Finally, the evidence concerning ICIs remains insufficient. Available data from two projects in this study, however, coincided with trends observed by a recent review of conditional cash-transfers applied to NTDs control [99]. One is that conditional transfers appear to attain greater reach among lower socioeconomic groups but, whilst that may help to reduce health inequalities, the epidemiological contributions of those skewed effects remain unclear [81]. Additionally, to date, there is insufficient evidence to confirm the cost-effectiveness and long-term sustainability of this approach. A follow-up study for the snack-provision trial in Uganda, for instance, showed that gains in therapeutic coverage were quickly lost once food support was withdrawn [100]. Further research is needed.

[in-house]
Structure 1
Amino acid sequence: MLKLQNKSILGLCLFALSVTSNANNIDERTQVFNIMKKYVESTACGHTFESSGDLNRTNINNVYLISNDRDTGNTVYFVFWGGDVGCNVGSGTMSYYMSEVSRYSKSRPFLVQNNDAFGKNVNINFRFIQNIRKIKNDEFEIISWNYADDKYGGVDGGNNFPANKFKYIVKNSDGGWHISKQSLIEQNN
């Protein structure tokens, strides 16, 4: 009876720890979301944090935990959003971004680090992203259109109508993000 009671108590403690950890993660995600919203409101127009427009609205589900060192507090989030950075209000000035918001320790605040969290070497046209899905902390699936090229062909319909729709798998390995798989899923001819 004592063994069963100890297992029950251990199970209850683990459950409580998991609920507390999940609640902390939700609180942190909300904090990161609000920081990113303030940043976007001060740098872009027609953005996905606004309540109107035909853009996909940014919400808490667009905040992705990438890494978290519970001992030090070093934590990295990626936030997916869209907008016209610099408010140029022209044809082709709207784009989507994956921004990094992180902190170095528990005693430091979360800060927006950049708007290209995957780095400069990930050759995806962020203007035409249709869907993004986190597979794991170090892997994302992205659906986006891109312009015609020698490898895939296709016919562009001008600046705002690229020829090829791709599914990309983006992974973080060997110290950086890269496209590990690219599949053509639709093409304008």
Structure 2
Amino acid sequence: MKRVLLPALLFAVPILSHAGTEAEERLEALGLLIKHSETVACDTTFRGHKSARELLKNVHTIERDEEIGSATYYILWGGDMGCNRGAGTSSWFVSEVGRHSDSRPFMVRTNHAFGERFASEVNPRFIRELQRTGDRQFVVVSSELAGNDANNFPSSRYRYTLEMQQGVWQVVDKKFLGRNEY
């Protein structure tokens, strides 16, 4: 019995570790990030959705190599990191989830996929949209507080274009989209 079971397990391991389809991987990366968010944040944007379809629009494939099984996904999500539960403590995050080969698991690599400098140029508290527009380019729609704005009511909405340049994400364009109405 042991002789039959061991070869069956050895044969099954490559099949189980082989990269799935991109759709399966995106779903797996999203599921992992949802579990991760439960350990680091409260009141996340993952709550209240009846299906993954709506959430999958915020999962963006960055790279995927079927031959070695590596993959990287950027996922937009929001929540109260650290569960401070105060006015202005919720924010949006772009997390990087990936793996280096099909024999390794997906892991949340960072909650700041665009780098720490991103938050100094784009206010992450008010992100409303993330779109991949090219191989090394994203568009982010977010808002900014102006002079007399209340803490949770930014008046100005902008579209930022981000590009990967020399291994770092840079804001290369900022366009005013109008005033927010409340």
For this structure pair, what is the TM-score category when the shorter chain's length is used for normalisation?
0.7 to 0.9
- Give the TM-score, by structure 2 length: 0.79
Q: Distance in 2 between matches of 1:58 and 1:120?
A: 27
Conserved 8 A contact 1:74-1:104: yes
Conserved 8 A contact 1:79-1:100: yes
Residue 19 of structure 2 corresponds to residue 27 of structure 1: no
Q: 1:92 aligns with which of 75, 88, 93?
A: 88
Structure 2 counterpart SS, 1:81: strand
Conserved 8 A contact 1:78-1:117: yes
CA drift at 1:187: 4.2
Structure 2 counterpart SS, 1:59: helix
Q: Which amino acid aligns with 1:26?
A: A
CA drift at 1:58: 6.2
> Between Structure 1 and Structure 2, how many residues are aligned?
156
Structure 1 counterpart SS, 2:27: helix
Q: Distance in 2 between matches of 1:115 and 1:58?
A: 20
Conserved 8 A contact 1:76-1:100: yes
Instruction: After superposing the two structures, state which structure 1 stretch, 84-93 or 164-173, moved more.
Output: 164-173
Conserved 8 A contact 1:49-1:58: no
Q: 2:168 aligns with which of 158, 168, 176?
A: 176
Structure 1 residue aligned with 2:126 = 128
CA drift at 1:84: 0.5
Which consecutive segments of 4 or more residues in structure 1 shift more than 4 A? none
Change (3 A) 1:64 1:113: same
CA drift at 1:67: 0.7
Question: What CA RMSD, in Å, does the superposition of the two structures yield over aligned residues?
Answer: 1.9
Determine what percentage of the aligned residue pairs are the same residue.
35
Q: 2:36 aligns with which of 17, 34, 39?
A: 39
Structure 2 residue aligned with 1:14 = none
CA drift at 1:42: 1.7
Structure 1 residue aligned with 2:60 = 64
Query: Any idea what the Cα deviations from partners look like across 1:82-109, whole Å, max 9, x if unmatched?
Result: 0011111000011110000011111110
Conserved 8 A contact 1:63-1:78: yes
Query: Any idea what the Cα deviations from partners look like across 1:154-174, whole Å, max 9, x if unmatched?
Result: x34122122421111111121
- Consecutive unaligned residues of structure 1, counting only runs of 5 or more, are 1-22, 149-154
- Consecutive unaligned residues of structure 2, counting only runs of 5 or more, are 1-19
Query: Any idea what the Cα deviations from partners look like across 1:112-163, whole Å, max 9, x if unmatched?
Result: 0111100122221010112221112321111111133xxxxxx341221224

In summary, evidence on the effectiveness of intervention models indicate that there is substantive need for integrated knowledge-based, social and physical environmental approaches to BC for schistosomiasis elimination. It has been proposed by various frameworks that BC is likely to occur when people have the capability (physical and psychological), the opportunity (enabling social and physical contexts), and motivation to act (through cost-benefits evaluations and emotional impulses) [28,90,95]. Integrated approaches could ensure such conditions. However, the specific combination of techniques and components to be used require preliminary assessment and planning, both to understand their contribution to the specific type of behaviour to be targeted and how local socio-cultural and ecological conditions may affect BC. In all cases, it is apparent that no quick solutions are available, BC efforts require long-term investments (Fig 5).